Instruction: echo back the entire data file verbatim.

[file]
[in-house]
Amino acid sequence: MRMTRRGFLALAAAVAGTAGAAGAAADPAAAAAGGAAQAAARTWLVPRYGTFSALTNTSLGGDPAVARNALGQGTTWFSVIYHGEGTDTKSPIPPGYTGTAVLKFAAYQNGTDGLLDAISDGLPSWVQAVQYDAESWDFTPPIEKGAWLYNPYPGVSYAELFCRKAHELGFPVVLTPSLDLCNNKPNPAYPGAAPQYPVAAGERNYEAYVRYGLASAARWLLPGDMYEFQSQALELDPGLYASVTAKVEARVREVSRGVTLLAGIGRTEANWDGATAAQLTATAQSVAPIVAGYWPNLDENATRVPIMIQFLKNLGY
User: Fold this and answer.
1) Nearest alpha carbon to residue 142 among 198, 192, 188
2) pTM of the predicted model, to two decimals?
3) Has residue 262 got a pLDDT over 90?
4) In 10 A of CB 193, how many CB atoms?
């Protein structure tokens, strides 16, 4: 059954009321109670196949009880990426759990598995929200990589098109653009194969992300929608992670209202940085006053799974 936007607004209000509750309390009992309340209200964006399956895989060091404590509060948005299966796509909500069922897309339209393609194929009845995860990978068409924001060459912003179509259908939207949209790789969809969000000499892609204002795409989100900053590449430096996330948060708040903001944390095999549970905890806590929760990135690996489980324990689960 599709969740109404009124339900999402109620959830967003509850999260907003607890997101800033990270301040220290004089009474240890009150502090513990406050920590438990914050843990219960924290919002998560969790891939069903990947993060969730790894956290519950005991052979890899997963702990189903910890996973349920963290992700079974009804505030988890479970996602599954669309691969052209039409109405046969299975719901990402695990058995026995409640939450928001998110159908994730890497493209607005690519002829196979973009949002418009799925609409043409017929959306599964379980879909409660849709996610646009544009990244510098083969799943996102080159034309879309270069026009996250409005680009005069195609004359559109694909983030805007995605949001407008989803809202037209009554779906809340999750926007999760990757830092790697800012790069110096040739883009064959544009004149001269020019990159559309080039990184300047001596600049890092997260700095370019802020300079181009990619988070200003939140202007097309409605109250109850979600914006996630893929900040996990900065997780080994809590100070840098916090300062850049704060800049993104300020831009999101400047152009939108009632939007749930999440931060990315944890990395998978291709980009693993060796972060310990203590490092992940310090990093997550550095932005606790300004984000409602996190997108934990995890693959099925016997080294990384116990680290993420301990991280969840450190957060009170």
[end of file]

[in-house]
Amino acid sequence: MRMTRRGFLALAAAVAGTAGAAGAAADPAAAAAGGAAQAAARTWLVPRYGTFSALTNTSLGGDPAVARNALGQGTTWFSVIYHGEGTDTKSPIPPGYTGTAVLKFAAYQNGTDGLLDAISDGLPSWVQAVQYDAESWDFTPPIEKGAWLYNPYPGVSYAELFCRKAHELGFPVVLTPSLDLCNNKPNPAYPGAAPQYPVAAGERNYEAYVRYGLASAARWLLPGDMYEFQSQALELDPGLYASVTAKVEARVREVSRGVTLLAGIGRTEANWDGATAAQLTATAQSVAPIVAGYWPNLDENATRVPIMIQFLKNLGY
User: Fold this and answer.
1) Nearest alpha carbon to residue 142 among 198, 192, 188
2) pTM of the predicted model, to two decimals?
3) Has residue 262 got a pLDDT over 90?
4) In 10 A of CB 193, how many CB atoms?
């Protein structure tokens, strides 16, 4: 059954009321109670196949009880990426759990598995929200990589098109653009194969992300929608992670209202940085006053799974 936007607004209000509750309390009992309340209200964006399956895989060091404590509060948005299966796509909500069922897309339209393609194929009845995860990978068409924001060459912003179509259908939207949209790789969809969000000499892609204002795409989100900053590449430096996330948060708040903001944390095999549970905890806590929760990135690996489980324990689960 599709969740109404009124339900999402109620959830967003509850999260907003607890997101800033990270301040220290004089009474240890009150502090513990406050920590438990914050843990219960924290919002998560969790891939069903990947993060969730790894956290519950005991052979890899997963702990189903910890996973349920963290992700079974009804505030988890479970996602599954669309691969052209039409109405046969299975719901990402695990058995026995409640939450928001998110159908994730890497493209607005690519002829196979973009949002418009799925609409043409017929959306599964379980879909409660849709996610646009544009990244510098083969799943996102080159034309879309270069026009996250409005680009005069195609004359559109694909983030805007995605949001407008989803809202037209009554779906809340999750926007999760990757830092790697800012790069110096040739883009064959544009004149001269020019990159559309080039990184300047001596600049890092997260700095370019802020300079181009990619988070200003939140202007097309409605109250109850979600914006996630893929900040996990900065997780080994809590100070840098916090300062850049704060800049993104300020831009999101400047152009939108009632939007749930999440931060990315944890990395998978291709980009693993060796972060310990203590490092992940310090990093997550550095932005606790300004984000409602996190997108934990995890693959099925016997080294990384116990680290993420301990991280969840450190957060009170």